Hadrian's Wall- Path Route
PUBLISHED: 14:17 11 January 2010 | UPDATED: 15:45 20 February 2013
Thanks to 1,900 years of near-neglect, Hadrian's Wall is no longer the mighty barricade it once was, but it still provides a pretty spectacular manmade landmark WORDS AND PICTURES BY DAVID TAYLOR
Hadrian's Wall was the biggest DIY project ever undertaken by the Roman invaders during their stay in these isles. With leylandii being in short supply, a 70- mile-long stone barrier was the only way to keep those nosy neighbours to the north from peering into their property, the conquered lands of Britannia and its peoples. Hadrian's Wall is no longer the mighty barricade it once was, and the Romans would probably despair at the damage wrought over the years - though they'd appreciate the arrow-straight B6318 road that shadows the route of the Wall for part of its length. The walk starts at Steel Rigg car park, just a short drive from the B6318 at the junction with Once Brewed.
The route follows a small stretch of the Hadrian's Wall Path, which is proving popular with walkers keen to follow in the footsteps of Hadrian. The full trail is 84 miles long and generally takes about six days to complete. Fortunately, between Easter and October, the AD122 bus links various points along the route of Hadrian's Wall. So it is possible to enjoy stretches of the path without committing to an expedition on the scale of a Roman Emperor. From Steel Rigg car park, turn left and follow the road briefly downhill to a route marker pointing west. Cross over the wall into a field and start climbing uphill toward the summit of Winshields Crag. At 345m, Winshields Crag is the highest point on the Hadrian's Wall Path and offers a commanding 360-degree view of the surrounding countryside, south to the Tyne Valley and north to the vast plantations of Wark and Kielder Forest. It is no coincidence that Hadrian's Wall follows the route that it does.Winshields Crag is one of a number of cliffs that erupt from the landscape in Northumberland, along a line that runs roughly east to west. These crags are part of the Whin Sill formation, an ancient extrusion of dolerite formed 295 million years ago. The scale of the crags increased the effectiveness of Hadrian's Wall as a defensive barrier. As the view from Winshields attests, a potential invader of Roman Britain would be spotted long before he reached the cliff base, at which point his problems would really begin. Follow the path downhill from Winshields to the road at Caw Gap which, as the name suggests, is a natural break through the ridge on which the Wall was built. Cross the road and follow the route marker to the remains of Turret 41a. This small turret is one of a pair that was placed between the milecastles overlooking Melkridge Common and, further west, at Cawfields. There were some 160 turrets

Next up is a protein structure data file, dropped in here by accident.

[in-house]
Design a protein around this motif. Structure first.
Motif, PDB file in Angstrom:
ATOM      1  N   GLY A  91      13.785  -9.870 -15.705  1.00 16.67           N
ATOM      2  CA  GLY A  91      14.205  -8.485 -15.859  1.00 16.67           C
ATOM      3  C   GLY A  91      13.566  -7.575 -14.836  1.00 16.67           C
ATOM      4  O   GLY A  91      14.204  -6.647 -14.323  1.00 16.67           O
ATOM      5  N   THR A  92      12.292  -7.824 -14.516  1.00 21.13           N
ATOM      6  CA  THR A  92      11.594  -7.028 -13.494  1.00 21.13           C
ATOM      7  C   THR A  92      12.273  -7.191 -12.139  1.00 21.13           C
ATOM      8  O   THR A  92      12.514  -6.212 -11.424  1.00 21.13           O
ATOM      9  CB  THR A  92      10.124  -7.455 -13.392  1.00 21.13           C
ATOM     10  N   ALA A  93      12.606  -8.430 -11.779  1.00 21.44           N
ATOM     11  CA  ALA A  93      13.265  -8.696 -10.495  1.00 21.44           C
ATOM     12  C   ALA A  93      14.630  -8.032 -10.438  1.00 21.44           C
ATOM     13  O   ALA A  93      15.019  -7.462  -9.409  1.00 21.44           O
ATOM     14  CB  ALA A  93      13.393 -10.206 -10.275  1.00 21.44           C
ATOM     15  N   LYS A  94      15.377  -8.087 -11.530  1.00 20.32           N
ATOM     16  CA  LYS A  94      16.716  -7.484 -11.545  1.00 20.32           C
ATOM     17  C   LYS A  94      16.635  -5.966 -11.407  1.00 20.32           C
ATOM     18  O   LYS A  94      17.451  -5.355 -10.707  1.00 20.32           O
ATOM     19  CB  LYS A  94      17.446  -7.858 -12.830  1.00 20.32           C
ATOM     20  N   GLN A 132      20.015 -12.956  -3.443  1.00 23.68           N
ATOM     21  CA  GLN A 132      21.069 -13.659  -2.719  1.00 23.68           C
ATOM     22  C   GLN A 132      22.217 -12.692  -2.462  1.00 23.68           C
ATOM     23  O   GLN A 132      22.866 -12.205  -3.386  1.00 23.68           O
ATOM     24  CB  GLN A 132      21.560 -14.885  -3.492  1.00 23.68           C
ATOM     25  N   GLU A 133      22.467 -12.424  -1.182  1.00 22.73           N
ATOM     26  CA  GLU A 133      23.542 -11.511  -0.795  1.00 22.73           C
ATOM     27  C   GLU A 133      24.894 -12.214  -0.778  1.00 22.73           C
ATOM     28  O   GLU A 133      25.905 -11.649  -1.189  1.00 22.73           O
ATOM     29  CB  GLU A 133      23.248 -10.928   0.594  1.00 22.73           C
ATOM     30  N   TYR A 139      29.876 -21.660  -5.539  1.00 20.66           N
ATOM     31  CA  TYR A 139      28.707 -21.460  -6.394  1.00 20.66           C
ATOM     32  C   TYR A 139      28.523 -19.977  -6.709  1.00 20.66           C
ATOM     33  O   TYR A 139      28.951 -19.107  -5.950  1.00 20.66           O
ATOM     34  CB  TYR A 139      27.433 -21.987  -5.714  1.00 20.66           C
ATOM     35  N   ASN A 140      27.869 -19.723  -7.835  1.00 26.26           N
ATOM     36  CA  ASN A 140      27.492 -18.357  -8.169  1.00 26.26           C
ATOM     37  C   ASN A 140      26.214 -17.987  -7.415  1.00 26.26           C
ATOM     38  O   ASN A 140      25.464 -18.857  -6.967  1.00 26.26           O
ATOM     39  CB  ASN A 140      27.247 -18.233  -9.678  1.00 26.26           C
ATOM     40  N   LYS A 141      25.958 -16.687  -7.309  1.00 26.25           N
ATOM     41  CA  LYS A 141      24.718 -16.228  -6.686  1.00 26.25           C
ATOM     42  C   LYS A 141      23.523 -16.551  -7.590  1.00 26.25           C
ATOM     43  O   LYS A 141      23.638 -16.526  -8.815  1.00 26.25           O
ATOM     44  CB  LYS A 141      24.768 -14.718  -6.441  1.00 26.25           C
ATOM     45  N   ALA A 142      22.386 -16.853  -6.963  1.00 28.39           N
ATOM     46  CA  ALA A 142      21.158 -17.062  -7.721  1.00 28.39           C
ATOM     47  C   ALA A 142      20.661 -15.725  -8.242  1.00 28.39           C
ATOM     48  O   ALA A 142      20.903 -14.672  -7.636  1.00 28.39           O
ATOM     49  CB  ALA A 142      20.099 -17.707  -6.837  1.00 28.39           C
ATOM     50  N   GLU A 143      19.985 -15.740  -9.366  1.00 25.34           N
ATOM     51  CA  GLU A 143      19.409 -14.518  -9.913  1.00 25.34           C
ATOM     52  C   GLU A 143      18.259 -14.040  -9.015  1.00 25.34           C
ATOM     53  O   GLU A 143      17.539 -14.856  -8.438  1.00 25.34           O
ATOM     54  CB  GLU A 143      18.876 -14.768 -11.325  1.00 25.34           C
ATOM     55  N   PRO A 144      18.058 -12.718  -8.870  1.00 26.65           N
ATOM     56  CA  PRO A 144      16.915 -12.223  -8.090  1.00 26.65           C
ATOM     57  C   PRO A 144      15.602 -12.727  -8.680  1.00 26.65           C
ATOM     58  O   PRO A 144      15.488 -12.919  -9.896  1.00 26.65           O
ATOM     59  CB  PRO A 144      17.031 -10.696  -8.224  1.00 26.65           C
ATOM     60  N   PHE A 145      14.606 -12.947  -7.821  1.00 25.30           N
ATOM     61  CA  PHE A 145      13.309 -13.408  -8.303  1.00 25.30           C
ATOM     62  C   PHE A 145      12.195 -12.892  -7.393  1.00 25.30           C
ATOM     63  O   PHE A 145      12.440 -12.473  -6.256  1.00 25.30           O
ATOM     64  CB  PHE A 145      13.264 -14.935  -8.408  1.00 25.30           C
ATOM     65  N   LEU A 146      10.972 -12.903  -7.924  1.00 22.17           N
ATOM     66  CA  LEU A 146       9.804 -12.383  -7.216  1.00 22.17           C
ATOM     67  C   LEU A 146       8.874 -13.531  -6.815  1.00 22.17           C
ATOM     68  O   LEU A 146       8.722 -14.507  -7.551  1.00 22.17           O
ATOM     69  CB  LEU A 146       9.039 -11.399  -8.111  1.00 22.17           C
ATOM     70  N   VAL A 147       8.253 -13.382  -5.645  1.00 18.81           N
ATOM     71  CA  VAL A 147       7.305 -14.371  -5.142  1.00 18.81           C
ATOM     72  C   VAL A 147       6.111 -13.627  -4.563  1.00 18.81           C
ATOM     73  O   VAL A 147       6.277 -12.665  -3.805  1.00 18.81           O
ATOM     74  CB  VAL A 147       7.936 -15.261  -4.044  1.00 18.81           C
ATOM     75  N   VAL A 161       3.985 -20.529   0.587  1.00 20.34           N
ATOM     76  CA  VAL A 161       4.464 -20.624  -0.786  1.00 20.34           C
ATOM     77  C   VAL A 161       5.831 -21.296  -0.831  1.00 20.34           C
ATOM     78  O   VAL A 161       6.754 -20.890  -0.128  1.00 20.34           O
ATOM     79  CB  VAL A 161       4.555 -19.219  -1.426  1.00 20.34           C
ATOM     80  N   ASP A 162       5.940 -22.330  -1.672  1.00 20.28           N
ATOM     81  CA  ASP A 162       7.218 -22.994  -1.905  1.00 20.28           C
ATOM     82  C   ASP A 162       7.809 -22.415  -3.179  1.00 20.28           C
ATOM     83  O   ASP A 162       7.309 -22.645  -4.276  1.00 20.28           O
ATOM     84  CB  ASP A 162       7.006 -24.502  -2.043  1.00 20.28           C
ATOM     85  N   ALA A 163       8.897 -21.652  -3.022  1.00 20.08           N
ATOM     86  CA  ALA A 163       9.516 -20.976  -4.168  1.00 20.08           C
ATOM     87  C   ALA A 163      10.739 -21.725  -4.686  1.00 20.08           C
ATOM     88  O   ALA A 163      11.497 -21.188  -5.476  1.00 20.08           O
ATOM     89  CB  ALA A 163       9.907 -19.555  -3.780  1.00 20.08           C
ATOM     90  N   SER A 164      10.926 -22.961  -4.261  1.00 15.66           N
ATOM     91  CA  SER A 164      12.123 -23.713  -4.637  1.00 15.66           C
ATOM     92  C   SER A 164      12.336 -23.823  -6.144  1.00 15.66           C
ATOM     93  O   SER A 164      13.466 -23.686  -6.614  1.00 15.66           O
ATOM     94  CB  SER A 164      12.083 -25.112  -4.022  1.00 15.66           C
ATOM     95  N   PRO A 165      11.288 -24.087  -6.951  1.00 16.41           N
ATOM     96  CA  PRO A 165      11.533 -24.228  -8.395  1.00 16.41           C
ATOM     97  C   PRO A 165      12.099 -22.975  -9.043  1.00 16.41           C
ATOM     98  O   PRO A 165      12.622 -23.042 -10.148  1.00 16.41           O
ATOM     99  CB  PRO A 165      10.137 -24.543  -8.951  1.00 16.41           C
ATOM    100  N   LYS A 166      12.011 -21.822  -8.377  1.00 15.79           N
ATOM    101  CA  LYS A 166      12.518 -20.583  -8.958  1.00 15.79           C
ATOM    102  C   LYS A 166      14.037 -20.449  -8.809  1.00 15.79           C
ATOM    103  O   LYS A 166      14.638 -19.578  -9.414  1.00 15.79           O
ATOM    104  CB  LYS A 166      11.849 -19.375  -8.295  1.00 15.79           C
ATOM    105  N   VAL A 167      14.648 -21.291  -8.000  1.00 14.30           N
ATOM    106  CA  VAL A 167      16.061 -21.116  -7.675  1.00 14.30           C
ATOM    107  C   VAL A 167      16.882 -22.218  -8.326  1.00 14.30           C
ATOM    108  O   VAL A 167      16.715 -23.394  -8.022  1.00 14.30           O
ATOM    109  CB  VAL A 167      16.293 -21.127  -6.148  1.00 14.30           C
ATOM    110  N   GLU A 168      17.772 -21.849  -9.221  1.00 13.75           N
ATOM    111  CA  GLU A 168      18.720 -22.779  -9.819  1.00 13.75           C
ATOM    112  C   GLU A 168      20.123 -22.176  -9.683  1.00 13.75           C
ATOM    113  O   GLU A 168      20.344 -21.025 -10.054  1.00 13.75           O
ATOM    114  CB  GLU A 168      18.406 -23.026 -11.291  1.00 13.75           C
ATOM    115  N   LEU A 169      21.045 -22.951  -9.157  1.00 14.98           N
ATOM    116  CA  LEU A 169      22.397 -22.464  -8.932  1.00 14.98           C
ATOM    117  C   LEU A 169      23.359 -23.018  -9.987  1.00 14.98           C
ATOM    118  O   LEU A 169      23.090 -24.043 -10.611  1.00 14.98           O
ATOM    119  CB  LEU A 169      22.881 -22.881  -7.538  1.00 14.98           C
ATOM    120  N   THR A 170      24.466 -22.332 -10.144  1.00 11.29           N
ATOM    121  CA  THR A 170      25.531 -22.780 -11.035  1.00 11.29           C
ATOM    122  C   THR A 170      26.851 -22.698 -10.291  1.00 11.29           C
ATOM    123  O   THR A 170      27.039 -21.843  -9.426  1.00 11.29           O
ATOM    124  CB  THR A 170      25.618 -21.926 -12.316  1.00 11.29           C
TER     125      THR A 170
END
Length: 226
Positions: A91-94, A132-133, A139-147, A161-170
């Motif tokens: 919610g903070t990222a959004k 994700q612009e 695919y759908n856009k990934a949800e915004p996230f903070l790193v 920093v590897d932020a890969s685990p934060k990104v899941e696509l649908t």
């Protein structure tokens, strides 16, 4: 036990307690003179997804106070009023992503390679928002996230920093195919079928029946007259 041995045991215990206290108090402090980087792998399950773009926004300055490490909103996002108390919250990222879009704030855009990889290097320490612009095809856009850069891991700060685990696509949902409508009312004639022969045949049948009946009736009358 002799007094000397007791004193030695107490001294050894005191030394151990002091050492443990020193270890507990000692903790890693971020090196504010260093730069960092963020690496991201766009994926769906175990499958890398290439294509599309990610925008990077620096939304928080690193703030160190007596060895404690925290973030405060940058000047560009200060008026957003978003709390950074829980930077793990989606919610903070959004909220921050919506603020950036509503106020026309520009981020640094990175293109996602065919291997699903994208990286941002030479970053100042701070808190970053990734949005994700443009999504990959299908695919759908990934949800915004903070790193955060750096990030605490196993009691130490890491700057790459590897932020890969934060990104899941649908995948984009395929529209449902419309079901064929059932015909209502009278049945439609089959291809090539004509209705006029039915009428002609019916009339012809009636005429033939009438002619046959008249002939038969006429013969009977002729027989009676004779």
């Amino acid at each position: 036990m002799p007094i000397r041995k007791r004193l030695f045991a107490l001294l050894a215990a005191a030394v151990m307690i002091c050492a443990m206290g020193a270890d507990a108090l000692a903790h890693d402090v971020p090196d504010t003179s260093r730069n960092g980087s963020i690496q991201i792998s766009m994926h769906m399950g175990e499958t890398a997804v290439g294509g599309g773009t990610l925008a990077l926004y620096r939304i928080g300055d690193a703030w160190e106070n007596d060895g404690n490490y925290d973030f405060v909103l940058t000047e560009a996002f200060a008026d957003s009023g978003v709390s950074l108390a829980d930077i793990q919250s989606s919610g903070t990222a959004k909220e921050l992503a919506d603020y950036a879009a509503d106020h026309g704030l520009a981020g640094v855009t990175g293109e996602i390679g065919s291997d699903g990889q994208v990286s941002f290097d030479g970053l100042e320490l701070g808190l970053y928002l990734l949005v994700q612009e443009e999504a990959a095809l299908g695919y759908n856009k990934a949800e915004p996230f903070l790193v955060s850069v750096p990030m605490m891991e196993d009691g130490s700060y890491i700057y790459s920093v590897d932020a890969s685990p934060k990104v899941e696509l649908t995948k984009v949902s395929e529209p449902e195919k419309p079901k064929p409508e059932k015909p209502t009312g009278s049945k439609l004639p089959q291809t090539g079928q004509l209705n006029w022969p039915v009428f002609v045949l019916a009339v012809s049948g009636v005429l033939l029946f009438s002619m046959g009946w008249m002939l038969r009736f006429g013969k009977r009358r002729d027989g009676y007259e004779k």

built along the length of the Wall and they were used as observation and signalling points for the Roman army. From the turret, the path winds around Thorny Doors, along Cawfields Crag to Cawfields milecastle. Milecastles were built every Roman mile along the Wall. They would hold a small garrison of troops used to man the turrets and control the trade routes between Britannia and Caledonia, the unconquered land to the north. There is a persuasive theory that the Wall not only served as a defensive structure at the edge of the Roman Empire, but that it was also an effective method of controlling trade between north and south, and of collecting taxes due from that trade. From the milecastle, the path drops downhill to a gate and the sight of a triangular cliff at the head of a lake. Cawfields in the 19th century was an important site for the quarrying of 'whinstone', the dark,Whin Sill dolerite. Dolerite is an igneous rock and far harderwearing than the limestone used in the construction of the Wall. Although Cawfields is no longer an active quarry, whinstone is still quarried elsewhere in Northumberland today. Thanks to its erosion resistance, chips of whinstone are used in the construction of roads nationwide. It's a warm thought that a car journey anywhere in Britain may involve driving over tiny pieces of Northumberland. From Cawfields follow the road briefly west to a bridge, and then once over the bridge, climb a stile into a field. The path then skirts the northern boundaries of two more fields to Great Chesters Farm and the remains of Aesica Roman Fort. Soldiers were posted to Aesica to guard nearby Caw Gap. However, despite its role as a military camp, decidedly domestic discoveries have been made at Aesica, including a hoard of third century jewellery found during a dig in 1894. From Aesica continue west through two fields to a small plantation of trees. Follow the path through the trees to a stile and open countryside again. The ground here is more broken and care should be taken not to put a foot wrong, not only to avoid personal injury but because this area is designated as a biologically sensitive site of special scientific interest. At a larger scale the landscape is also more uneven, with the ground rising and falling in a succession of small hills rather like a natural rollercoaster. Eventually the path reaches Walltown Crags, the site of another old whinstone quarry, and arguably one of the most dramatic stretches of Hadrian's Wall as it snakes along the edge of the crag. From Walltown Crags follow the path down to Quarry Lake and on to the car park and picnic site. From the car park it is only a short walk to the Roman Army Museum where AD122 can be caught back to the Once Brewed Visitor Centre. Enjoy!